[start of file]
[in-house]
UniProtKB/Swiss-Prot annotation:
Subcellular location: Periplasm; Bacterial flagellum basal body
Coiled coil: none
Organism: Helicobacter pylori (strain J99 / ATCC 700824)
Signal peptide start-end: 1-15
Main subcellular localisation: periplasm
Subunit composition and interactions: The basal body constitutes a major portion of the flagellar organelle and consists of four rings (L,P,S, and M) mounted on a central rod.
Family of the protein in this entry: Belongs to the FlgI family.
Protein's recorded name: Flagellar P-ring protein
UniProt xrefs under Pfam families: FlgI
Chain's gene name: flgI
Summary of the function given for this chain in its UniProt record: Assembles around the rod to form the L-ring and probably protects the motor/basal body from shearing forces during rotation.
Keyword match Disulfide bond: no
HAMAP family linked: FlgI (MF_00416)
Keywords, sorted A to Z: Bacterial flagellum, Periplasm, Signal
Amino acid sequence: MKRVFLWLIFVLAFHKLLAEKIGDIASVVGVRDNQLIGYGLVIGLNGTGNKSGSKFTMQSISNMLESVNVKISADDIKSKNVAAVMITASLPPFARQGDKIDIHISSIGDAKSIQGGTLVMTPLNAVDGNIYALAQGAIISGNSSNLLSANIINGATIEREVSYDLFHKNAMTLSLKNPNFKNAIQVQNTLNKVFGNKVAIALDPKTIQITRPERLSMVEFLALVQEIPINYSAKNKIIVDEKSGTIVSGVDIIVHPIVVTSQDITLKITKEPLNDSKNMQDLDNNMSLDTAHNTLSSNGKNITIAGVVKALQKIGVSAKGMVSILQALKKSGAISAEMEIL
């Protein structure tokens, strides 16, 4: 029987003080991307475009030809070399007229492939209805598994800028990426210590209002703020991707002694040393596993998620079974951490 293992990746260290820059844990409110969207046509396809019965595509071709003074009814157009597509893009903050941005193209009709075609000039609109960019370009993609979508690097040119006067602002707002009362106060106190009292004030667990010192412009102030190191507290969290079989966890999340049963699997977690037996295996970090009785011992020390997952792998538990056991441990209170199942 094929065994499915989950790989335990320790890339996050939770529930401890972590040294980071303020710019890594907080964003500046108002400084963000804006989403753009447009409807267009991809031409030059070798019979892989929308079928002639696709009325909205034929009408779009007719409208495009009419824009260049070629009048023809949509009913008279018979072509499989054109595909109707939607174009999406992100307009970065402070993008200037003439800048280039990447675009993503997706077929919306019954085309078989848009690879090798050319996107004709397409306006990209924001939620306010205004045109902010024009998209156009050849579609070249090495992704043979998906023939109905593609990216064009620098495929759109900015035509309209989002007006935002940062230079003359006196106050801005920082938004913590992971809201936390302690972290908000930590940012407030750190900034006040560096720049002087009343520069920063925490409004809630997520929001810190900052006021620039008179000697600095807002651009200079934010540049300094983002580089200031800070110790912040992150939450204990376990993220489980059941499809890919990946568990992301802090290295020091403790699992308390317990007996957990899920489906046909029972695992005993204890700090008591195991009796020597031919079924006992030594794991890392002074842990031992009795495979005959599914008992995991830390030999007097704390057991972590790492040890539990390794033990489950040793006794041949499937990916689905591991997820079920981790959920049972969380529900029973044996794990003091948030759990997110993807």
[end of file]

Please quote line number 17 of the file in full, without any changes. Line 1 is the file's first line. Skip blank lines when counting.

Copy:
Amino acid sequence: MKRVFLWLIFVLAFHKLLAEKIGDIASVVGVRDNQLIGYGLVIGLNGTGNKSGSKFTMQSISNMLESVNVKISADDIKSKNVAAVMITASLPPFARQGDKIDIHISSIGDAKSIQGGTLVMTPLNAVDGNIYALAQGAIISGNSSNLLSANIINGATIEREVSYDLFHKNAMTLSLKNPNFKNAIQVQNTLNKVFGNKVAIALDPKTIQITRPERLSMVEFLALVQEIPINYSAKNKIIVDEKSGTIVSGVDIIVHPIVVTSQDITLKITKEPLNDSKNMQDLDNNMSLDTAHNTLSSNGKNITIAGVVKALQKIGVSAKGMVSILQALKKSGAISAEMEIL